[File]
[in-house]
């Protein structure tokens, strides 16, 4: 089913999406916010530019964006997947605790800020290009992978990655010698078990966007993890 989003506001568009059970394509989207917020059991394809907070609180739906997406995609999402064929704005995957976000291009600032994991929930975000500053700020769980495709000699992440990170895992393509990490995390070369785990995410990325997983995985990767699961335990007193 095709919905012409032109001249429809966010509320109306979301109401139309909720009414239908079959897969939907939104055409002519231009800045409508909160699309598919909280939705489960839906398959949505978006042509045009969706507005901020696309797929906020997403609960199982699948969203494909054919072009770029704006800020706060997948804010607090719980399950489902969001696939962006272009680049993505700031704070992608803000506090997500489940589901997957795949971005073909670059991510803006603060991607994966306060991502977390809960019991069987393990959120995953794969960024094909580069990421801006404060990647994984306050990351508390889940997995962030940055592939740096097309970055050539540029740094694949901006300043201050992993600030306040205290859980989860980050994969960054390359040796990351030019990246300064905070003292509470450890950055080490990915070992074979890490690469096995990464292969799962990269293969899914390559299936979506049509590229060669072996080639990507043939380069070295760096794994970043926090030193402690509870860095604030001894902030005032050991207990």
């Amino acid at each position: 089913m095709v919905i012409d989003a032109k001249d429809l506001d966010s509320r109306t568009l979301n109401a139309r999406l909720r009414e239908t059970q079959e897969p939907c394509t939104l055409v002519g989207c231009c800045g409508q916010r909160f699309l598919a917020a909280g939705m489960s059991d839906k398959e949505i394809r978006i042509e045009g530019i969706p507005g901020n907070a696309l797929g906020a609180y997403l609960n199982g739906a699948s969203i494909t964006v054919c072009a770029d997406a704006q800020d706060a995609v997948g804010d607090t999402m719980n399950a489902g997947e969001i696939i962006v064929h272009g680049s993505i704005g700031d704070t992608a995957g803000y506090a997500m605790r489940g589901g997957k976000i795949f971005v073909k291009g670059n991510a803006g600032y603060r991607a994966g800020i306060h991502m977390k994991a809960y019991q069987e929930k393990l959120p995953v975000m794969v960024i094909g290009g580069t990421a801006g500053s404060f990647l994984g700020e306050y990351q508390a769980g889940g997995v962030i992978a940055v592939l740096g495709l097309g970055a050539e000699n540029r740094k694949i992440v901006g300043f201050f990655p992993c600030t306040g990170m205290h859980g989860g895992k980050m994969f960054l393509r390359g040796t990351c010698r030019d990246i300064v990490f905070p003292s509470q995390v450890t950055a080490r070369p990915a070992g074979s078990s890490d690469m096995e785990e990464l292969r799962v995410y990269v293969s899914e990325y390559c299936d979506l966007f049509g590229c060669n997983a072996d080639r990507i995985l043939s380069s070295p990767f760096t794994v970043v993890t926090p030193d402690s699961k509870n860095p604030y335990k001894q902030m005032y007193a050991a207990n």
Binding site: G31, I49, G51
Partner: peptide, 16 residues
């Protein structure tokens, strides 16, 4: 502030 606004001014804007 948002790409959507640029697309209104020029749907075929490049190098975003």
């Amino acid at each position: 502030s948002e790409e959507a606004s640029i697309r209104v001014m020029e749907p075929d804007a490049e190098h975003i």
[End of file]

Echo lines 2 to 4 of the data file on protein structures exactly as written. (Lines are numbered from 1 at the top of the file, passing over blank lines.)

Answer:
């Protein structure tokens, strides 16, 4: 089913999406916010530019964006997947605790800020290009992978990655010698078990966007993890 989003506001568009059970394509989207917020059991394809907070609180739906997406995609999402064929704005995957976000291009600032994991929930975000500053700020769980495709000699992440990170895992393509990490995390070369785990995410990325997983995985990767699961335990007193 095709919905012409032109001249429809966010509320109306979301109401139309909720009414239908079959897969939907939104055409002519231009800045409508909160699309598919909280939705489960839906398959949505978006042509045009969706507005901020696309797929906020997403609960199982699948969203494909054919072009770029704006800020706060997948804010607090719980399950489902969001696939962006272009680049993505700031704070992608803000506090997500489940589901997957795949971005073909670059991510803006603060991607994966306060991502977390809960019991069987393990959120995953794969960024094909580069990421801006404060990647994984306050990351508390889940997995962030940055592939740096097309970055050539540029740094694949901006300043201050992993600030306040205290859980989860980050994969960054390359040796990351030019990246300064905070003292509470450890950055080490990915070992074979890490690469096995990464292969799962990269293969899914390559299936979506049509590229060669072996080639990507043939380069070295760096794994970043926090030193402690509870860095604030001894902030005032050991207990």
């Amino acid at each position: 089913m095709v919905i012409d989003a032109k001249d429809l506001d966010s509320r109306t568009l979301n109401a139309r999406l909720r009414e239908t059970q079959e897969p939907c394509t939104l055409v002519g989207c231009c800045g409508q916010r909160f699309l598919a917020a909280g939705m489960s059991d839906k398959e949505i394809r978006i042509e045009g530019i969706p507005g901020n907070a696309l797929g906020a609180y997403l609960n199982g739906a699948s969203i494909t964006v054919c072009a770029d997406a704006q800020d706060a995609v997948g804010d607090t999402m719980n399950a489902g997947e969001i696939i962006v064929h272009g680049s993505i704005g700031d704070t992608a995957g803000y506090a997500m605790r489940g589901g997957k976000i795949f971005v073909k291009g670059n991510a803006g600032y603060r991607a994966g800020i306060h991502m977390k994991a809960y019991q069987e929930k393990l959120p995953v975000m794969v960024i094909g290009g580069t990421a801006g500053s404060f990647l994984g700020e306050y990351q508390a769980g889940g997995v962030i992978a940055v592939l740096g495709l097309g970055a050539e000699n540029r740094k694949i992440v901006g300043f201050f990655p992993c600030t306040g990170m205290h859980g989860g895992k980050m994969f960054l393509r390359g040796t990351c010698r030019d990246i300064v990490f905070p003292s509470q995390v450890t950055a080490r070369p990915a070992g074979s078990s890490d690469m096995e785990e990464l292969r799962v995410y990269v293969s899914e990325y390559c299936d979506l966007f049509g590229c060669n997983a072996d080639r990507i995985l043939s380069s070295p990767f760096t794994v970043v993890t926090p030193d402690s699961k509870n860095p604030y335990k001894q902030m005032y007193a050991a207990n």
Binding site: G31, I49, G51